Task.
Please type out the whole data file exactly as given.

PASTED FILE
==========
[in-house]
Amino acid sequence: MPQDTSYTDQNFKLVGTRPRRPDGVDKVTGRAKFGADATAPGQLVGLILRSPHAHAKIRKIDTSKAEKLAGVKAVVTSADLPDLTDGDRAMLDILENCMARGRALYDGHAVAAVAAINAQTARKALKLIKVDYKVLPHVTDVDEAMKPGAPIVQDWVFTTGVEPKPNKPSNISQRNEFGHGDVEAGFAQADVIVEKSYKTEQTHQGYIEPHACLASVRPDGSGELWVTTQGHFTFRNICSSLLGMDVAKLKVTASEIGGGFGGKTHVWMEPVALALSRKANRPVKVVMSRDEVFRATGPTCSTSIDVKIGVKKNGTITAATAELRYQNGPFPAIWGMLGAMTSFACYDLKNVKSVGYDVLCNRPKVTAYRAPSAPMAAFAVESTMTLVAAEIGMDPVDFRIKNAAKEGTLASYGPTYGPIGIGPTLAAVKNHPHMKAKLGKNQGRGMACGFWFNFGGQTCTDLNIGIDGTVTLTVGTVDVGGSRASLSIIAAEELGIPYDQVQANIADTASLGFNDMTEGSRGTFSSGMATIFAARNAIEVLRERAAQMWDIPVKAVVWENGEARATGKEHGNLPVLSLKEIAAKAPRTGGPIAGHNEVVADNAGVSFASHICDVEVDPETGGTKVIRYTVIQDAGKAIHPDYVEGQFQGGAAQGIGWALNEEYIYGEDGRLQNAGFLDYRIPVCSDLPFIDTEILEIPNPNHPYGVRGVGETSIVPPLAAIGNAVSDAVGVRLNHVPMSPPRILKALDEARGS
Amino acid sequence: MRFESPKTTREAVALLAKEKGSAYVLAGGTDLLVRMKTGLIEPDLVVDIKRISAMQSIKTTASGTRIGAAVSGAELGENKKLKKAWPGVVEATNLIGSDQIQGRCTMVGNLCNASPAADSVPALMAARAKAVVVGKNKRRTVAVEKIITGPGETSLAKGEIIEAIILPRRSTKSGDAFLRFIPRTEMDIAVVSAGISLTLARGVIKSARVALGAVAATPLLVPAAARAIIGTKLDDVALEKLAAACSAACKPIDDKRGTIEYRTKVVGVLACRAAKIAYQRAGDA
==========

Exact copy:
[in-house]
Amino acid sequence: MPQDTSYTDQNFKLVGTRPRRPDGVDKVTGRAKFGADATAPGQLVGLILRSPHAHAKIRKIDTSKAEKLAGVKAVVTSADLPDLTDGDRAMLDILENCMARGRALYDGHAVAAVAAINAQTARKALKLIKVDYKVLPHVTDVDEAMKPGAPIVQDWVFTTGVEPKPNKPSNISQRNEFGHGDVEAGFAQADVIVEKSYKTEQTHQGYIEPHACLASVRPDGSGELWVTTQGHFTFRNICSSLLGMDVAKLKVTASEIGGGFGGKTHVWMEPVALALSRKANRPVKVVMSRDEVFRATGPTCSTSIDVKIGVKKNGTITAATAELRYQNGPFPAIWGMLGAMTSFACYDLKNVKSVGYDVLCNRPKVTAYRAPSAPMAAFAVESTMTLVAAEIGMDPVDFRIKNAAKEGTLASYGPTYGPIGIGPTLAAVKNHPHMKAKLGKNQGRGMACGFWFNFGGQTCTDLNIGIDGTVTLTVGTVDVGGSRASLSIIAAEELGIPYDQVQANIADTASLGFNDMTEGSRGTFSSGMATIFAARNAIEVLRERAAQMWDIPVKAVVWENGEARATGKEHGNLPVLSLKEIAAKAPRTGGPIAGHNEVVADNAGVSFASHICDVEVDPETGGTKVIRYTVIQDAGKAIHPDYVEGQFQGGAAQGIGWALNEEYIYGEDGRLQNAGFLDYRIPVCSDLPFIDTEILEIPNPNHPYGVRGVGETSIVPPLAAIGNAVSDAVGVRLNHVPMSPPRILKALDEARGS
Amino acid sequence: MRFESPKTTREAVALLAKEKGSAYVLAGGTDLLVRMKTGLIEPDLVVDIKRISAMQSIKTTASGTRIGAAVSGAELGENKKLKKAWPGVVEATNLIGSDQIQGRCTMVGNLCNASPAADSVPALMAARAKAVVVGKNKRRTVAVEKIITGPGETSLAKGEIIEAIILPRRSTKSGDAFLRFIPRTEMDIAVVSAGISLTLARGVIKSARVALGAVAATPLLVPAAARAIIGTKLDDVALEKLAAACSAACKPIDDKRGTIEYRTKVVGVLACRAAKIAYQRAGDA